Rachel Cranor
Okay, so we all know that there are good animated films and bad ones. But what makes the difference? Many people say (us included) that if it's Pixar, it's good. Even Honest Trailers said that in their Frozen one, they presented it as "From the studio that finally learned how to make Pixar movies." But what makes Pixar movies so good? And why did Frozen do so well when other princess movies released at a similar time, like Brave and Tangled, not do nearly as well? Your thoughts?
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Bonnie
The biggest difference between Pixar and Disney I can think of that's recently changed is that Pixar tends to make original stories, and until really recently Disney almost never did those (Frozen and Big Hero Six are technically adaptions, but they're the kind that change pretty much everything). I think originality is a big part of it, and the general bad to lukewarm reception of Pixar's recent three movies kind of lends to the idea (lack of originality is, total justifiably, an insult thrown at them often). 

Really, though, I think what makes an animated movie good is the same as what makes any movie good; good writing, good visuals, good characters. 

As for Frozen, I think it's a mix of three things;

1. This one I've heard from other people; they tried to make the marketing campaign downplay the thing so that the people who went to it ended up having their expectations surpassed, therefore giving more glowing recommendations.

2. It gets a lot of hype for being the "first" to do things (that were already done years before). 

3. It got to stay in theaters longer.
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Pixar Post - T.J.
This is a tough and deep question for sure. As I thought about it more though, I think it comes down to the story and characters. It's not a glitzy, overdone story that sells Pixar's movies - it's the stripped down conversations and relationships between the characters that people can connect with on an emotional level. They don't throw in musical numbers solely for entertainment value, they don't put in an exorbitant number of juvenile jokes and they don't talk down to kids' intelligence levels. Finally, they spend a ton of time creating unique characters that you care about.

Those are my thoughts at least!
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heartdisney10
I wholeheartedly agree with you T.J.
That's the magic of a well told story whether it's animated or live action.
For example, in Toy Story 3, I really wanted that fluffy strawberry scented bear to have a happy ending. Lee Unkrich held a Q&A, I asked him why was it that Lotso never redeemed himself. He answered that in life some people never change.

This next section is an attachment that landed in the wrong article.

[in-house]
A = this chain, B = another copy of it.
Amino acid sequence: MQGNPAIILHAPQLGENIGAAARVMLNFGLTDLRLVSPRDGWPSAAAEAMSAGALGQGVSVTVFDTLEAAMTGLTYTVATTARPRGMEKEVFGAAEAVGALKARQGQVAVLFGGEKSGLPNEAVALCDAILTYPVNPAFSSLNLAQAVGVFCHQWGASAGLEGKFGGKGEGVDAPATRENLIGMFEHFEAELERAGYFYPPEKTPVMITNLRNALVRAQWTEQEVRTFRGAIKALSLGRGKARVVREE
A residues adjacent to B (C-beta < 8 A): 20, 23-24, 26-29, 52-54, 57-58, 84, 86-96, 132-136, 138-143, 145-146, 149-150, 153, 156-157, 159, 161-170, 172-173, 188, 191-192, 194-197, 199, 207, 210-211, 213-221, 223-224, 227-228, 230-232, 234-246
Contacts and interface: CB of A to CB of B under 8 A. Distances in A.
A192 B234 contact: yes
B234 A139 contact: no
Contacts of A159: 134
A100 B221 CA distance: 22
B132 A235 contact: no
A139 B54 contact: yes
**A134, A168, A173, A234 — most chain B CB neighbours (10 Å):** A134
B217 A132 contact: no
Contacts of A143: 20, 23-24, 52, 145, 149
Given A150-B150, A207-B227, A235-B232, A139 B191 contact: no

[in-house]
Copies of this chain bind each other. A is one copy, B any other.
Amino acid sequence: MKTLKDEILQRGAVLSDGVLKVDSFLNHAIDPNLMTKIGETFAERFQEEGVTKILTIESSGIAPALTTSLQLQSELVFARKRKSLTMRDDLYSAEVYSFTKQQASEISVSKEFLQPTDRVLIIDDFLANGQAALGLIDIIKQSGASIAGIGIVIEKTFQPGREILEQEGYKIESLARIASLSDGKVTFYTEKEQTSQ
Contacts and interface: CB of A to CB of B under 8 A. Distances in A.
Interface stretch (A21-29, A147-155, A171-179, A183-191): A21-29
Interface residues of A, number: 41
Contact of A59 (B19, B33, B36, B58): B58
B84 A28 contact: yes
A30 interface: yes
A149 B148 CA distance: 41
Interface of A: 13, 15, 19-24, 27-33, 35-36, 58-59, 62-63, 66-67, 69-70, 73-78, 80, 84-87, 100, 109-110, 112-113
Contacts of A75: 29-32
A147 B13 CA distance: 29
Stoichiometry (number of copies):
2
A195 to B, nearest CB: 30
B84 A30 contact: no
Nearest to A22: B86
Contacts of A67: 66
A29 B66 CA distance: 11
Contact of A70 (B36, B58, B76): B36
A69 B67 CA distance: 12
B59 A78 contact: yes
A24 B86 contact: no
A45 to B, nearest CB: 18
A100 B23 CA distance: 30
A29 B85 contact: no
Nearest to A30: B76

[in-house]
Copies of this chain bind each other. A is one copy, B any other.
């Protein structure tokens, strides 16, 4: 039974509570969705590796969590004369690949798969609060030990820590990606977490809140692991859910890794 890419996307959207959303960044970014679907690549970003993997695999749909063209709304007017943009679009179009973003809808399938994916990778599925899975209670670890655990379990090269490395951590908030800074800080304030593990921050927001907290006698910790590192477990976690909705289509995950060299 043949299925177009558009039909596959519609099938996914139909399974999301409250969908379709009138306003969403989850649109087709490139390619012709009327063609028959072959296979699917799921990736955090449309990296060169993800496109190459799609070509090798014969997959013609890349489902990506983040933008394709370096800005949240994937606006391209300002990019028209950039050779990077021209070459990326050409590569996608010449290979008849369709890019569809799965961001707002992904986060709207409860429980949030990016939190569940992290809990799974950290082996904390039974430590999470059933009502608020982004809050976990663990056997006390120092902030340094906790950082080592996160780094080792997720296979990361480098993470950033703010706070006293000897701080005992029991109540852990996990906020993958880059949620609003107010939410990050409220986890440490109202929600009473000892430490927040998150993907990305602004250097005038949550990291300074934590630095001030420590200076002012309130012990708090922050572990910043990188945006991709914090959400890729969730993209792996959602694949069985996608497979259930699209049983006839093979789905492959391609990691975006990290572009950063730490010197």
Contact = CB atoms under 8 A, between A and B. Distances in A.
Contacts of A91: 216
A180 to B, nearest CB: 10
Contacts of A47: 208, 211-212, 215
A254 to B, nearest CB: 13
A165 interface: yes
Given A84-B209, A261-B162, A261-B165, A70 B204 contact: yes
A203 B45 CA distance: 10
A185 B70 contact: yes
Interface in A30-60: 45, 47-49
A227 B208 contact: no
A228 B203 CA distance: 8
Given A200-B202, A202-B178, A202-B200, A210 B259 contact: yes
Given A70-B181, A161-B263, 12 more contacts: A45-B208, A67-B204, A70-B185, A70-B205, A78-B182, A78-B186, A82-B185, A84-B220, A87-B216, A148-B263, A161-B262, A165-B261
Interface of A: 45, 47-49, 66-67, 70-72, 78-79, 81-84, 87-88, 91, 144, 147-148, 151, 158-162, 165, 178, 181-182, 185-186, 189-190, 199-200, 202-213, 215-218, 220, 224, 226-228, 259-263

I felt like saying but it's animation!
After I processed his answer, I realized that that is what is great about Pixar, they take real life situations, experiences & life lessons and turn them into great storytelling.
As Lasseter says, "No amount of great animation will save a bad story."
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SamanthaKannan

Let's see Michael's commend on what makes for a great animated filmMichael FukushimaMichael Fukushima is the Executive Producer of our English Animation Studio, headquartered in Montreal. He’s been with the NFB for 20 years, serving the first 16 as a producer, and then taking over the studio from David Verrall, when he retired in 2013.

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Pixarsuperfan8695
Totally agreed with T.J. Although this is pretty much basically reiterating what others have said, I’d say the key to an animated film, or generally to any film, is a good story that the audience can connect to and lovable characters. It’s the realness of the characters’ struggles throughout the story that really gives the audience a reason to root for and care about them.
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Andrea56
All the best stories have characters and situations that make you care about them. Sure, there are lighter and softer films that are great popcorn flicks, but I think the real memorable ones can stand the test of time, with both its art and its story. 

Now, I remember being obsessed with Bambi as a young child. I was in love with the artistry, the painted forests and waterfalls, the details of the bark and raindrops. The story itself was...I guess nonexistent? It was about a young deer living his life, with all the ups and downs that go with it. The characters or story don't really stand the test of time. The art and atmosphere do, though.

Toy Story was the opposite in how it attracted me - over the years, it's obvious that the animation has not aged well. But the dialogue remains sharp and wonderfully crisp, and the message is delivered in a clever and meaningful way.

I think now we're in an age where creators know that animation is a powerful medium and there's a good balance now of creating a film that is both appealing in both appearance and in its message. Your mileage may vary on its success, however - sometimes some works are better received despite all the heart and hard work put into it, whilst others that were kind of overlooked really hit the home run. 

Pixar has been very good at balancing these elements; not only that, but their stories tend to be creatively original. Like toys coming to life, or an old man creating a floating house to visit South America... They also don't tend to push the same message with each film like Disney tends to do. I think that's another reason why Pixar's films tend to stand the test of time pretty well.
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